Databinding to an Accordion

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					Databinding to an Accordion
Christian Wenz

The Accordion control in the AJAX Control Toolkit provides multiple panes and allows the user to display one of them at a time. Panels are usually declared within the page itself, but binding to a data source offers more flexibility.

First of all, a data source is required. This sample uses the AdventureWorks database and the Microsoft SQL Server 2005 Express Edition. The database is an optional part of a Visual Studio installation (including express edition) and is also available as a separate download under The AdventureWorks database is part of the SQL Server 2005 Samples and Sample Databases (download at The easiest way to set the database up is to use the Microsoft SQL Server Management Studio Express ( and attach the AdventureWorks.mdf database file. For this sample, we assume that the instance of the SQL Server 2005 Express Edition is called SQLEXPRESS and resides on the same machine as the web server; this is also the default setup. If your setup differs, you have to adapt the connection information for the database. In order to activate the functionality of ASP.NET AJAX and the Control Toolkit, the ScriptManager control must be put anywhere on the page (but within the <form> element): <asp:ScriptManager ID="asm" runat="server" /> Then, add a data source to the page. In order to use a limited amount of data, we only select the first five entries in the Vendor table of the AdventureWorks database. If you are using the Visual Studio assistant to create the data source, mind that a bug in the current version does not prefix the table name (Vendor) with Purchasing. The following markup shows the correct syntax: <asp:SqlDataSource ID="sds1" runat="server" ConnectionString="Data Source=(local)\SQLEXPRESS;Initial Catalog=AdventureWorks;Integrated Security=True" ProviderName="System.Data.SqlClient" SelectCommand="SELECT TOP 5 [VendorID], [Name] FROM [Purchasing].[Vendor]" /> Remember the name (ID) of the data source. This very identification must then be used in the DataSourceID property of the Accordion control: <ajaxToolkit:Accordion ID="acc1" runat="server" HeaderCssClass="header" ContentCssClass="content" Width="300px" DataSourceID="sds1" FadeTransitions="true">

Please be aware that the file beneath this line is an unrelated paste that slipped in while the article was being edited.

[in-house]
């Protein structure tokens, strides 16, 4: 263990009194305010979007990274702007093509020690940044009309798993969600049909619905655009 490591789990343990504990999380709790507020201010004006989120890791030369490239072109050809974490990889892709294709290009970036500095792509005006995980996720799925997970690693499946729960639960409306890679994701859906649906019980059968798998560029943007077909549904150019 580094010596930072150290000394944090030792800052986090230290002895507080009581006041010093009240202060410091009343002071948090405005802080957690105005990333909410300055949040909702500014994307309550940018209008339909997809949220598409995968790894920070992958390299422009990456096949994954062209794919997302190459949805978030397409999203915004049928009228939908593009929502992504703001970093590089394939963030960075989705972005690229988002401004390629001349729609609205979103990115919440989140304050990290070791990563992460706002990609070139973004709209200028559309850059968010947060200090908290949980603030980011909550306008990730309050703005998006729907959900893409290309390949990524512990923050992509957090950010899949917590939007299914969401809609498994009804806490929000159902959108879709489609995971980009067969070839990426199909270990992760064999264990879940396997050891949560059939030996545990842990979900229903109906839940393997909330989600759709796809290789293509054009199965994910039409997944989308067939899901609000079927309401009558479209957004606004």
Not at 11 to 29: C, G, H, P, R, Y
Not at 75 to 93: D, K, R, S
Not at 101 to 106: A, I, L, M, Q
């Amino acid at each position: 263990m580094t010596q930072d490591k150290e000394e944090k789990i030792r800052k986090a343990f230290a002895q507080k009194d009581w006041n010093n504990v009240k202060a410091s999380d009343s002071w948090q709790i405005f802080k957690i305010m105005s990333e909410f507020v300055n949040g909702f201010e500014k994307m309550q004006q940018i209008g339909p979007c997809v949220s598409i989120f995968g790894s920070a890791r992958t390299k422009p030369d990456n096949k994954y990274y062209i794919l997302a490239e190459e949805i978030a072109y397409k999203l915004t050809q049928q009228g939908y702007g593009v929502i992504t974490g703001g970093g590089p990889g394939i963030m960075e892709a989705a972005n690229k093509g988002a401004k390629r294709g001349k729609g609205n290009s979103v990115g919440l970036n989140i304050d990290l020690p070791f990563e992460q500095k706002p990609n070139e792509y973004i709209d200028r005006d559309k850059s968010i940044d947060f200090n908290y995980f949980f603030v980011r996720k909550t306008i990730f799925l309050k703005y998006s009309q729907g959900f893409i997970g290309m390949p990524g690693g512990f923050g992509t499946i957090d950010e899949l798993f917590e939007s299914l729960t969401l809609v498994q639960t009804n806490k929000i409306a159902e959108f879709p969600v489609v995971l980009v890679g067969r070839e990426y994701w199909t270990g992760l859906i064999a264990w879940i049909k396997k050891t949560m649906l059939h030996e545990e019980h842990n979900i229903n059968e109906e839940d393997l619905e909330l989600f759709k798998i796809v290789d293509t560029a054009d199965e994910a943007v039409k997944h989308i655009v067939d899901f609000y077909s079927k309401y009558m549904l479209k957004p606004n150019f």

Within the Accordion control, you can provide templates for various parts of the control, including the header (<HeaderTemplate>) and the content (<ContentTemplate>). Within these elements, just output the data from the data source, using the DataBinder.Eval() method: <HeaderTemplate><b>Vendor #<%#DataBinder.Eval(Container.DataItem, "VendorID")%></b></HeaderTemplate> <ContentTemplate><%#DataBinder.Eval(Container.DataItem, "Name")%></ContentTemplate> </ajaxToolkit:Accordion> When the page is loaded, the data source must be bound to the accordion with this server-side code: <script runat="server"> void Page_Load() { acc1.DataBind(); } </script> To conclude this sample, you need to define the two CSS classes that are referenced in the Accordion control (in its properties HeaderCssClass and ContentCssClass). Put the following markup in the <head> section of the page: <style type="text/css"> .header {background-color: blue;} .content {border: solid;} </style>

The data in the accordion comes directly from the data source

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